UC San Diego
Analysis of Spermatozoa Motility and DNA Integrity Following Irradiation with 633 nm Light
- Author(s): Chow, Kay
- Advisor(s): Berns, Michael W
- et al.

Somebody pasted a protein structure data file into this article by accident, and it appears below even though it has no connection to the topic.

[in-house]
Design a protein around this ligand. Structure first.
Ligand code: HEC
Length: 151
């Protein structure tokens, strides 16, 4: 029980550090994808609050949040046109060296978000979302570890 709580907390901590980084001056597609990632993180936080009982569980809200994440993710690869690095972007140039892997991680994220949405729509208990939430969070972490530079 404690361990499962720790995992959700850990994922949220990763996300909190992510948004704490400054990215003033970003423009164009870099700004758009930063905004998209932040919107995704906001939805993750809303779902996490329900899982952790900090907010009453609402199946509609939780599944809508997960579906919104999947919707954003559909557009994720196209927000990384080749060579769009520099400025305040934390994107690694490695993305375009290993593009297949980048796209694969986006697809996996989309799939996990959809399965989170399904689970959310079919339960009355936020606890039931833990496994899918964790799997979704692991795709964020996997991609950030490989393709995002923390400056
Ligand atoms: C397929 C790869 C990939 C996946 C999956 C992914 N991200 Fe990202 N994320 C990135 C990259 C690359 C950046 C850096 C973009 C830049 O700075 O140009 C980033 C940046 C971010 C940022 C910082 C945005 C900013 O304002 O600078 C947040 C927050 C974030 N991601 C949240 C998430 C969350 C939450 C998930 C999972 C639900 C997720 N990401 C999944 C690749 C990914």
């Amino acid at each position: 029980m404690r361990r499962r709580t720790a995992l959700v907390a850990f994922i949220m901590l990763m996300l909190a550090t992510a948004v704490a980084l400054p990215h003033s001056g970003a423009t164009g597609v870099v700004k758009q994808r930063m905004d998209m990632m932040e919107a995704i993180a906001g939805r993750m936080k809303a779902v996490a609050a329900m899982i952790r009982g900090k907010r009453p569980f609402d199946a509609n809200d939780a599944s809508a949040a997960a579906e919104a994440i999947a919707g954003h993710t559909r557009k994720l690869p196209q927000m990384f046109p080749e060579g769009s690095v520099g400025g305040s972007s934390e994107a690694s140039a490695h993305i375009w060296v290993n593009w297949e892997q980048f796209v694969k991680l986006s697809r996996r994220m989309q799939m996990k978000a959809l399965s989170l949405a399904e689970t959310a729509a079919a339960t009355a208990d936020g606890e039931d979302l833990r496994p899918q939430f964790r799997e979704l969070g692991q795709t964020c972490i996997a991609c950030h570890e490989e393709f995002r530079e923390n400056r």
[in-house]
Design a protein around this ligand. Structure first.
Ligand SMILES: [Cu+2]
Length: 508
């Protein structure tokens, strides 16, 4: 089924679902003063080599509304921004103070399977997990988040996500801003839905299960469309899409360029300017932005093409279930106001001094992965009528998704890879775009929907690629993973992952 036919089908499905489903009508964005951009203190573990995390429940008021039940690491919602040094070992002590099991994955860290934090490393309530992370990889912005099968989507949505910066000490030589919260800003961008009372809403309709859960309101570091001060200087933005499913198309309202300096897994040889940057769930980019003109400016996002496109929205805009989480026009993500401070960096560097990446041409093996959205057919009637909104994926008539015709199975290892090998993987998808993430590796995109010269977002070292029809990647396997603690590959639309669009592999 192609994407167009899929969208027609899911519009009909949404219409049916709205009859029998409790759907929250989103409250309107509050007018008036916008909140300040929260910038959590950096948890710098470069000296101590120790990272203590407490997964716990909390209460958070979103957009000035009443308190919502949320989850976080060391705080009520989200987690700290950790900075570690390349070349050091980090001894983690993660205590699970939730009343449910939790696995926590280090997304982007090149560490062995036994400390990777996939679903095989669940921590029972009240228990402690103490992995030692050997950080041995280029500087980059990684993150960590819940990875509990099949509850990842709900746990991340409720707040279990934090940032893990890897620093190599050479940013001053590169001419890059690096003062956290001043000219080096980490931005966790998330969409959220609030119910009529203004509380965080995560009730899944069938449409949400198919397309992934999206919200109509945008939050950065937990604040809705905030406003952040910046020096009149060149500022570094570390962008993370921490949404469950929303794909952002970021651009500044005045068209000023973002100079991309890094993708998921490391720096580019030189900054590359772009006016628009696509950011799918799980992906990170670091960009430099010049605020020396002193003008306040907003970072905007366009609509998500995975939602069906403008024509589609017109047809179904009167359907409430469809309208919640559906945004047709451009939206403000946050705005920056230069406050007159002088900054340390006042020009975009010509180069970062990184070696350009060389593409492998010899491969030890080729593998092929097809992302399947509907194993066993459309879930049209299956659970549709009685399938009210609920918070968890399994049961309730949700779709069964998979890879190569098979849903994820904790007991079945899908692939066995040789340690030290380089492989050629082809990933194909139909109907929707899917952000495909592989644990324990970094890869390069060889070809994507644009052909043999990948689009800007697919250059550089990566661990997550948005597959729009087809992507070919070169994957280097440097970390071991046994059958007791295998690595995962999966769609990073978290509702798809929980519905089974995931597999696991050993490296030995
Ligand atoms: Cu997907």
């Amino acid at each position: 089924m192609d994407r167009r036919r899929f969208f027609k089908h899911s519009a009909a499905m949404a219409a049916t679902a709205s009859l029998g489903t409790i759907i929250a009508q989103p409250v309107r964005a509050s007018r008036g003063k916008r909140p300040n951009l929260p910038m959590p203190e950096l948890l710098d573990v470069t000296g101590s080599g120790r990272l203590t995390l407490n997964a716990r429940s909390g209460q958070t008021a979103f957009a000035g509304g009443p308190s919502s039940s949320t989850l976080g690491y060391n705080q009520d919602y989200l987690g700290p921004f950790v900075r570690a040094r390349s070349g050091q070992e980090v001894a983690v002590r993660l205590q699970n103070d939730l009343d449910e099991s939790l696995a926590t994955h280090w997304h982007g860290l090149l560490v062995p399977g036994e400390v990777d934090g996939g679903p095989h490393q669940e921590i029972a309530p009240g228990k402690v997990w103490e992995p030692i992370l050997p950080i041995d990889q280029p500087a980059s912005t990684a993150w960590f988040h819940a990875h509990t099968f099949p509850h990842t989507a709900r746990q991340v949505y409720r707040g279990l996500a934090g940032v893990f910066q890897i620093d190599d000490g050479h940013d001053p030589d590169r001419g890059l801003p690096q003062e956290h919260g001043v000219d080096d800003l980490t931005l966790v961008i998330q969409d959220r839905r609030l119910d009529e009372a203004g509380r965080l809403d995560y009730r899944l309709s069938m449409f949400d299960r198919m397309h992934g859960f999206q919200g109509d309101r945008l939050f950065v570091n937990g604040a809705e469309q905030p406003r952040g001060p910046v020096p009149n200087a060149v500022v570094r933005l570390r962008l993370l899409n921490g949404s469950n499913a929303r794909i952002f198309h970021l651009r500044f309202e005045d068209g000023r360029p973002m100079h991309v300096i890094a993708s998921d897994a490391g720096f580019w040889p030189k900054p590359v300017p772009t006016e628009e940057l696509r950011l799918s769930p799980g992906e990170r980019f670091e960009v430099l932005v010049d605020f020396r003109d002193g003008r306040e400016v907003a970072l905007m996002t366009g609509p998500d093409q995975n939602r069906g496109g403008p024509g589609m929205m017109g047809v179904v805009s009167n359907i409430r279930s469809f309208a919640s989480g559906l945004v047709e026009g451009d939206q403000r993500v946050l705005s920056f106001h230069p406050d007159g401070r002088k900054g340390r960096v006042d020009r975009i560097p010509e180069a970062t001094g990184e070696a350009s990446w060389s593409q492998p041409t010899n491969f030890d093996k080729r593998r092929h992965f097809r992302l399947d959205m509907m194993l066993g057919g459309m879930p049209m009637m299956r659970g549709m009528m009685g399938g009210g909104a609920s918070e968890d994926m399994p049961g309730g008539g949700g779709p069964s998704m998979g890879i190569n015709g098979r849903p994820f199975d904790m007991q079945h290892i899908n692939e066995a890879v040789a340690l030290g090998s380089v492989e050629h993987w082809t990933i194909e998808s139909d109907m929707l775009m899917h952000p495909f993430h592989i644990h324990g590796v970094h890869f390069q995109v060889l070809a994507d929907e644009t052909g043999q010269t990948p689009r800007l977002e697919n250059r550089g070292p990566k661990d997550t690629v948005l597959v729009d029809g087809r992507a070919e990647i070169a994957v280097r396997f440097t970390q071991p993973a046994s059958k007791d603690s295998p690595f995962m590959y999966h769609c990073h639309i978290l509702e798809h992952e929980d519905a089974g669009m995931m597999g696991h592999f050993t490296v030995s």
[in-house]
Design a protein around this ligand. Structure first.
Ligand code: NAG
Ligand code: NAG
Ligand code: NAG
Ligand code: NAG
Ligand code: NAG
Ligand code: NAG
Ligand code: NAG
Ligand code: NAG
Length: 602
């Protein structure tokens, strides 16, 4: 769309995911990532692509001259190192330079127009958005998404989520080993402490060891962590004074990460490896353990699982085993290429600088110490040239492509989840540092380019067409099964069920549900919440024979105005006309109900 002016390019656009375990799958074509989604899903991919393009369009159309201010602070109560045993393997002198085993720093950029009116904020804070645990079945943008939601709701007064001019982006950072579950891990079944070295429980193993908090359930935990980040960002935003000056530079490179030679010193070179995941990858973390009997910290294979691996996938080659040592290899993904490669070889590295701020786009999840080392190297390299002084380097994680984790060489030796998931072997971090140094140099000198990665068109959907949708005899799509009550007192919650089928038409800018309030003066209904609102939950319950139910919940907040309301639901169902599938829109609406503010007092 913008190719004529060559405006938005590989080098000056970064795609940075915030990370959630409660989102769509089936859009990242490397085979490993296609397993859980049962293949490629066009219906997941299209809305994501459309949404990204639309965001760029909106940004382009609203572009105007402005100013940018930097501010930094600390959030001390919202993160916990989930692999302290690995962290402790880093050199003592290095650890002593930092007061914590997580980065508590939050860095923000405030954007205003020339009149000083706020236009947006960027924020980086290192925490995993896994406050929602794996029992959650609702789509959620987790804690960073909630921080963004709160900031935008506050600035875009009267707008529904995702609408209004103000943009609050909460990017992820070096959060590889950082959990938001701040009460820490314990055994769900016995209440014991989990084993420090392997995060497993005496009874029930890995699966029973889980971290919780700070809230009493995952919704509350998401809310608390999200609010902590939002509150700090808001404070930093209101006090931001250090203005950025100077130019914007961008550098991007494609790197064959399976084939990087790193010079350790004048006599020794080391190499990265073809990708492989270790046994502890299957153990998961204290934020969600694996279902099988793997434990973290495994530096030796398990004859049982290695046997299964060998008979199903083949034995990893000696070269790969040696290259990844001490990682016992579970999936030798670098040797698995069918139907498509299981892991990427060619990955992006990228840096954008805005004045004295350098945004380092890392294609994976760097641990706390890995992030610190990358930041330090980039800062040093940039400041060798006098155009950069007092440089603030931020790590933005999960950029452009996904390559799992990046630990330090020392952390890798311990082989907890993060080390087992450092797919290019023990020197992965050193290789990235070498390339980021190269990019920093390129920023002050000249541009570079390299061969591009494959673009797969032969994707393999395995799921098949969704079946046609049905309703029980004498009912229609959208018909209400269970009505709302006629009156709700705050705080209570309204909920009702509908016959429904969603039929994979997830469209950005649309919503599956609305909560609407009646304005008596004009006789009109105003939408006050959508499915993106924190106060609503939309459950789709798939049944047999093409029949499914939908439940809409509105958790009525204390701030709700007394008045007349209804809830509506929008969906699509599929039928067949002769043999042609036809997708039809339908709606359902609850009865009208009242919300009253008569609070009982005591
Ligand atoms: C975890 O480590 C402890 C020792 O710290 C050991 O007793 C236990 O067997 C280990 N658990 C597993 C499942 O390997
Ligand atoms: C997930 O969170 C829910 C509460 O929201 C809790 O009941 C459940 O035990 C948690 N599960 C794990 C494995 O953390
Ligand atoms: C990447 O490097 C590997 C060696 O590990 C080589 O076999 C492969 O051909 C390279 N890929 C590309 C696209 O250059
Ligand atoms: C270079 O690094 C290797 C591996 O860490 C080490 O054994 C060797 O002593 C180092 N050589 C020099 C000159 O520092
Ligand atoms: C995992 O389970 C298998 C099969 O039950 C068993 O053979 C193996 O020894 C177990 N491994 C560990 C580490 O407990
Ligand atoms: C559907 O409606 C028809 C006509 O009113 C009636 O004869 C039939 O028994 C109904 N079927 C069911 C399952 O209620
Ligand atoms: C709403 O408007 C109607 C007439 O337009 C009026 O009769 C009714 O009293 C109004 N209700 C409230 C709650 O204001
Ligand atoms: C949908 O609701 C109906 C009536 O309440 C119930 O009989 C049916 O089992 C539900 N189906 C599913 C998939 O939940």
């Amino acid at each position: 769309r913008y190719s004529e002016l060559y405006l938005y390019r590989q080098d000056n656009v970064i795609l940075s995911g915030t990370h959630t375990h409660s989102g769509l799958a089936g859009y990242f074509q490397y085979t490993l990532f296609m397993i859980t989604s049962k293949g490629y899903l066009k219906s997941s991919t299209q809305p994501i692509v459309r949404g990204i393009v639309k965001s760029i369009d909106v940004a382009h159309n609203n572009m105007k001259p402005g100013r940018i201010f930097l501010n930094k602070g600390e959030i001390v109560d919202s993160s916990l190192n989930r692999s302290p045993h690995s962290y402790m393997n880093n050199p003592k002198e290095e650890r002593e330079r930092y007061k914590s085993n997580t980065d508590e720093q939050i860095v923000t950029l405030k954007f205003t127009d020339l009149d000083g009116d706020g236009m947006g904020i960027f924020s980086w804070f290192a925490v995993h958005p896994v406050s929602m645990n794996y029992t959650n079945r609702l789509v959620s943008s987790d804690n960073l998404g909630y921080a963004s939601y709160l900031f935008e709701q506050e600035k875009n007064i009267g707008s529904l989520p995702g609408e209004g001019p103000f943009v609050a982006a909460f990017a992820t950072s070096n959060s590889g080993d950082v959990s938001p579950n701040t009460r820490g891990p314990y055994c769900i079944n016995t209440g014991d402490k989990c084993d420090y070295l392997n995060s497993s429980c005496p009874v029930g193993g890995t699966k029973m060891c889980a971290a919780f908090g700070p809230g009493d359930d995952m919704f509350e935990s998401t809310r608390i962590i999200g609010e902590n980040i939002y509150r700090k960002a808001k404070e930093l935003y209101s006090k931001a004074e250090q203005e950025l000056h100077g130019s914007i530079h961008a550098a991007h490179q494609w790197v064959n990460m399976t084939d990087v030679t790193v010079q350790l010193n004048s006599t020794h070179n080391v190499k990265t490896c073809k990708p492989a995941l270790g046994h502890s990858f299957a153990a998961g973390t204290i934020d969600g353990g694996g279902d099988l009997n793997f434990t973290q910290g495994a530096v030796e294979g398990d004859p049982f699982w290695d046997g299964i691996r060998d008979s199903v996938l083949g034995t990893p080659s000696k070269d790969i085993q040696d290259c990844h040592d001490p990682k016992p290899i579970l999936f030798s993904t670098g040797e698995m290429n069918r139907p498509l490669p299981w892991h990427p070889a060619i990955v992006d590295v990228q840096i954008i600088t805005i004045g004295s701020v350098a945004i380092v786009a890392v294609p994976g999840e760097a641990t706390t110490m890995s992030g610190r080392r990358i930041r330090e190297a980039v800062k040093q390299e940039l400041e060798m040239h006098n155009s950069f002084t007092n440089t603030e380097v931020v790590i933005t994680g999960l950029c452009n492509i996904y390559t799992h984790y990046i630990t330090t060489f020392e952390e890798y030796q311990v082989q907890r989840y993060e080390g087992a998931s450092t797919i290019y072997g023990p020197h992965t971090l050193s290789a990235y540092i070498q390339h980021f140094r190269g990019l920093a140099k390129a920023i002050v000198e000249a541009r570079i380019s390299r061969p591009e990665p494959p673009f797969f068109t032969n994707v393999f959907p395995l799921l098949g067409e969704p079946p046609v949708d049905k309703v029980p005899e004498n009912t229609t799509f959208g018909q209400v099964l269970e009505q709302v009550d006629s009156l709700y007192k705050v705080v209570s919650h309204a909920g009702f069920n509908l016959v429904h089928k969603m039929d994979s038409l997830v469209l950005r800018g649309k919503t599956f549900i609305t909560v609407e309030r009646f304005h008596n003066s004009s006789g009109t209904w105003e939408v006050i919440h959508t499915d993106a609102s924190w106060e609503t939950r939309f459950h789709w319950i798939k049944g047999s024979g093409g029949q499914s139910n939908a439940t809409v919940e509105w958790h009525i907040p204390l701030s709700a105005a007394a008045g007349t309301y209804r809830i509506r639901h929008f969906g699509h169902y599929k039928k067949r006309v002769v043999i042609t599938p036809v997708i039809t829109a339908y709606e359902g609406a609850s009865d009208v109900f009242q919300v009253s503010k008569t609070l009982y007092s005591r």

Reproductive success is dependent on the ability of spermatozoa to reach and fertilize the oocyte. Although there are numerous assisted reproductive technologies that were developed for human use, not all are as effective in animals due to large variations in reproductive biology. The use of drugs and excessive handling on nondomestic animals may induce additional stress. Thus, there is a need for novel noninvasive, drug-free fertility treatments that are applicable across a range of species. Sperm swimming speed and swimming force are two measures of sperm quality; improvement of these qualities may increase the chances of successful reproduction. It is believed that red light irradiation stimulates cytochrome c oxidase in the mitochondria to increase ATP production. However, stimulation of the electron transport chain has been shown to increase reactive oxygen species, which may have negative effects on sperm DNA. In this thesis, the efficacy of red light irradiation for improving sperm swimming speed and swimming force and its effect on DNA are assessed. Human spermatozoa were irradiated with a monochromatic, coherent 633 nm laser for 30 minutes. Swimming speed was measured using a wavelet-based tracking algorithm implemented in LabVIEW. Swimming force was measured using optical trapping and position tracking. Oxidative DNA damage was assessed using single-cell imaging following immunofluorescent staining for double-strand breaks and an enzyme-linked immunosorbent assay for oxidized guanine. Both sperm swimming speed and swimming force increased after irradiation without significant DNA damage.